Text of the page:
“No way a book can keep on like this,” I kept thinking as I read Phillip Lopate’s memoir “A Mother’s Tale,” just out from Ohio State University Press. “Where’s the relief from this bellyaching, blaming, woman, who confides way too much intimate information in a taping session her son conducted 30 years ago?”
Why, then, did I fold down the corner on every other page? Why did I stick with it to the very end?
Because Lopate’s unsentimental probing makes it a book about Mother in the larger sense. And Mother is for most of us that membrane we long to puncture in order to get to the plasma beneath. Who exactly was this woman? What were her secrets? Which child did she like best?
Lopate, who directs the nonfiction MFA program at Columbia University and is the author of “The Art of the Personal Essay” and “To Show and to Tell: The Craft of Literary Nonfiction,” must have understood the universal appeal of exploring an age-old dilemma: a son whose love for his mother is deep and primal though the mother despises the father to whom the son feels unfailing loyalty.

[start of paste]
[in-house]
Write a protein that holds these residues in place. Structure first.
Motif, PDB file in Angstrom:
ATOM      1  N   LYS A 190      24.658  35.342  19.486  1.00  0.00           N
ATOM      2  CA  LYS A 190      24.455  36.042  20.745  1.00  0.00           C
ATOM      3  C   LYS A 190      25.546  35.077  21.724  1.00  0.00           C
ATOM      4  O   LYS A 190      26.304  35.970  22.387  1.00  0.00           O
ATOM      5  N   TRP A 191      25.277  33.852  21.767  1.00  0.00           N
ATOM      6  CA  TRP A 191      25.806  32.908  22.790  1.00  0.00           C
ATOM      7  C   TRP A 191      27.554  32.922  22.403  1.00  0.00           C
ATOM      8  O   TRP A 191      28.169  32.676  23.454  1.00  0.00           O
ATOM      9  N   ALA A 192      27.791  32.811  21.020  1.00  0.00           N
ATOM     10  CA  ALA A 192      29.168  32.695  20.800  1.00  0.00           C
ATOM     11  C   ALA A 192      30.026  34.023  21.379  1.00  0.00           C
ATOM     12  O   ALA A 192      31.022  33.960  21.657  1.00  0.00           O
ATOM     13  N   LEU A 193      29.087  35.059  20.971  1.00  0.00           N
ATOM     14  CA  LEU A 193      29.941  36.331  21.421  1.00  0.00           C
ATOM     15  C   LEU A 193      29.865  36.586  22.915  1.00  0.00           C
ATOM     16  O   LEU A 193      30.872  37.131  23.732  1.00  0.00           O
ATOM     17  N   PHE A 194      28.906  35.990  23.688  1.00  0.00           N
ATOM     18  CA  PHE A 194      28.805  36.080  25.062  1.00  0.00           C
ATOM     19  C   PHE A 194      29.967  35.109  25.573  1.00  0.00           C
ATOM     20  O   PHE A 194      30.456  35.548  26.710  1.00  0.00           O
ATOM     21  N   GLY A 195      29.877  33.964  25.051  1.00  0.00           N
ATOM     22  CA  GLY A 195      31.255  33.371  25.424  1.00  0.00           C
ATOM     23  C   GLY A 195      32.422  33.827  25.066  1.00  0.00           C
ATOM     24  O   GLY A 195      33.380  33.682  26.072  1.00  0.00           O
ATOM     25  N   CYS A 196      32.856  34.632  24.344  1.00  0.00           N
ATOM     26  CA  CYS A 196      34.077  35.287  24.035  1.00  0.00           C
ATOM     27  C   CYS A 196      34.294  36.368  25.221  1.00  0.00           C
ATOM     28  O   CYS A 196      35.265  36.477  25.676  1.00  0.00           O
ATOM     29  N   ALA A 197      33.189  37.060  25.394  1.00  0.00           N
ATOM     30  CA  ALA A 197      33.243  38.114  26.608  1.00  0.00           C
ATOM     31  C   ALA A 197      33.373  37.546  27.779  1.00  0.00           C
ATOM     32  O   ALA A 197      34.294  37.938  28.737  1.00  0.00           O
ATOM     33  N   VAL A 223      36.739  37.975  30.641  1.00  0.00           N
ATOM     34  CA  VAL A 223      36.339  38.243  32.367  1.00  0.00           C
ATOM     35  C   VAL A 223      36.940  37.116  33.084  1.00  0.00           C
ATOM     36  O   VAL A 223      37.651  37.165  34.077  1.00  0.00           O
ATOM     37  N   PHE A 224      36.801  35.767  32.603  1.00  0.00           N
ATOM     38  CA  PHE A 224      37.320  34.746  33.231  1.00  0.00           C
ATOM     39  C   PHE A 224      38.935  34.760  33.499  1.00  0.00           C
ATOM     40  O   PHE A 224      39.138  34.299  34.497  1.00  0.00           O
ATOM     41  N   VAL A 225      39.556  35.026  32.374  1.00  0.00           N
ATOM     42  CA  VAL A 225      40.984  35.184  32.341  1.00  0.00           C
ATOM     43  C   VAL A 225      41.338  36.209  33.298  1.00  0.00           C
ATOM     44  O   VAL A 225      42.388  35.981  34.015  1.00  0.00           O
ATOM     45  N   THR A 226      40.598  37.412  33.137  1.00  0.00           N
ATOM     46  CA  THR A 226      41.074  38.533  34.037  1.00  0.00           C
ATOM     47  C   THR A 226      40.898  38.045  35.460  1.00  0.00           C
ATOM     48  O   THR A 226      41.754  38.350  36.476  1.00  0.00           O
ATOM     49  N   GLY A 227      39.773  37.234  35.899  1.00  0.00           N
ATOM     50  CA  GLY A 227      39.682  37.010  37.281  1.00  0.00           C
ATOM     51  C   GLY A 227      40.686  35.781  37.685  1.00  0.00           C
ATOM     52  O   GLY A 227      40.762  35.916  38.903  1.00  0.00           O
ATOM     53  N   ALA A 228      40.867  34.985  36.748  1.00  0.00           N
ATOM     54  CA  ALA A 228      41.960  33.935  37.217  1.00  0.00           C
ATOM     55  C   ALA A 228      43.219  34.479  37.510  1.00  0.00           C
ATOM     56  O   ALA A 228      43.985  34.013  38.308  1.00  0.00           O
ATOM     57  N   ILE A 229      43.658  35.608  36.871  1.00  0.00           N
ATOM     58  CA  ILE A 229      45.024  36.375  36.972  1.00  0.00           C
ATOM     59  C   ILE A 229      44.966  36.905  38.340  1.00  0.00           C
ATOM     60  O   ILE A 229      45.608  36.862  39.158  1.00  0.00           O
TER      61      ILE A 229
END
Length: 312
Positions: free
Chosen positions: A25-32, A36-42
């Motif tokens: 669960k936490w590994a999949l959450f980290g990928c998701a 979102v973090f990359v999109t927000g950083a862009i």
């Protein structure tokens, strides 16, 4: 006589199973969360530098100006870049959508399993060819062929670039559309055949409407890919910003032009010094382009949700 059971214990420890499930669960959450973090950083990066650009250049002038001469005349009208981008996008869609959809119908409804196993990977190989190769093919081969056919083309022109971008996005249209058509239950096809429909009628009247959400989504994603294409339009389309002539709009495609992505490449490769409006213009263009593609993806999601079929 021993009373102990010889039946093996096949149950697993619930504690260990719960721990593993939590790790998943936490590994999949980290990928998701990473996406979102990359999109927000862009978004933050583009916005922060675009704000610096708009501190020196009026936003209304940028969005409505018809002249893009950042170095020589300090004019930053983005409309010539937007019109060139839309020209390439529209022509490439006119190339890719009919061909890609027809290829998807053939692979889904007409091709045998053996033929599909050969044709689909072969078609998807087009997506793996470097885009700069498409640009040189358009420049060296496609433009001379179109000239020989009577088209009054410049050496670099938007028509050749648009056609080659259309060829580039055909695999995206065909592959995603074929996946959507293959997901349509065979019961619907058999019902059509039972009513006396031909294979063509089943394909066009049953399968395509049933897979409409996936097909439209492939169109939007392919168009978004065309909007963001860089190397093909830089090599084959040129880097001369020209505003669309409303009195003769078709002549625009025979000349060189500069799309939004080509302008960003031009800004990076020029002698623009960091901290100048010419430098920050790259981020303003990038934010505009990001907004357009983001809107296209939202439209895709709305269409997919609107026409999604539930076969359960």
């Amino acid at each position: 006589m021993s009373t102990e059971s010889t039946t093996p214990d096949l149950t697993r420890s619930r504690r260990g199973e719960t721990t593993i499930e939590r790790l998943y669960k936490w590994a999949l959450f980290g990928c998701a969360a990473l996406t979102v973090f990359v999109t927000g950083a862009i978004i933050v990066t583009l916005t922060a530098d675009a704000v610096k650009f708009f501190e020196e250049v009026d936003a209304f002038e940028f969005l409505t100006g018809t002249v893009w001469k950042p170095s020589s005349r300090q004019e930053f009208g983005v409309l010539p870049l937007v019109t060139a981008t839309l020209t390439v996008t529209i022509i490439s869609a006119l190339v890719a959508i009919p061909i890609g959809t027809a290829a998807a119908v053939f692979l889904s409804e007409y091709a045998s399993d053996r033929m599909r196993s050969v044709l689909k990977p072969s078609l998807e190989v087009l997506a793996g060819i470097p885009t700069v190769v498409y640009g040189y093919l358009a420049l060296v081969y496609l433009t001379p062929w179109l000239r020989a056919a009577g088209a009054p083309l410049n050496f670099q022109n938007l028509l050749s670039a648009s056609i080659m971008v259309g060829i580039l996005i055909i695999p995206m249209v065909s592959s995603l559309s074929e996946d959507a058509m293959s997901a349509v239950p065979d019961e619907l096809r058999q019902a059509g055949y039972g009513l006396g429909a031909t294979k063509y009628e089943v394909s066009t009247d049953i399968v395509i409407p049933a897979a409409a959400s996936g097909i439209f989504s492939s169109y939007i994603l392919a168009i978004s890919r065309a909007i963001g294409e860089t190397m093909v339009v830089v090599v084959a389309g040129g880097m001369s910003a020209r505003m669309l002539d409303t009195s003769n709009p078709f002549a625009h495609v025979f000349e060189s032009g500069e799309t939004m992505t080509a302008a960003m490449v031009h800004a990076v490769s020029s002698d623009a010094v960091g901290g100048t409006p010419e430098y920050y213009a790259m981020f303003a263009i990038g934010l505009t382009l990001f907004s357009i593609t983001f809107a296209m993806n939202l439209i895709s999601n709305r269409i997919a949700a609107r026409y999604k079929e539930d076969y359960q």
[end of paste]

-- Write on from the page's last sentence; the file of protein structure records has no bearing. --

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Frances Lopate, born in 1918, the daughter of Jewish immigrants, early orphaned and raised by indifferent older siblings, was nothing if not bold. Over a period of 20 hours in the 1980s, Frances tells her son about her early marraige to a man who never talked; her many lovers; her four children, the last by one of her lovers; and her career as a factory worker, candy store owner, actress and singer. She is by turns hilarious, aggravating, pitiful, defensive and endearing.
Lopate rediscovers the tapes 30 years later, when he is 70, and realizes that the labor of transcribing them wasn’t so much about getting to the truth of her life – or even to add to the truth of his own. It was, instead, “an attempt to keep my mother ‘alive’ for as long as possible, to get her off the gurney, to hear her voice again, and, in this way, to bring her back to life.”
But Lopate, who admits to not one Golden Pond moment between them when she was alive, says he has not found it any easier “to embrace her ghost.”
I was curious why Lopate, an elegant prose writer, did not transform the tapes into a more traditional memoir. He tells us why: Because, he says, the tapes “...graphically showed, to me at least, how one edges toward an insight and then backs away, how we rationalize or shift the blame onto others.”
And that alone is worth all Frances’s kvetching.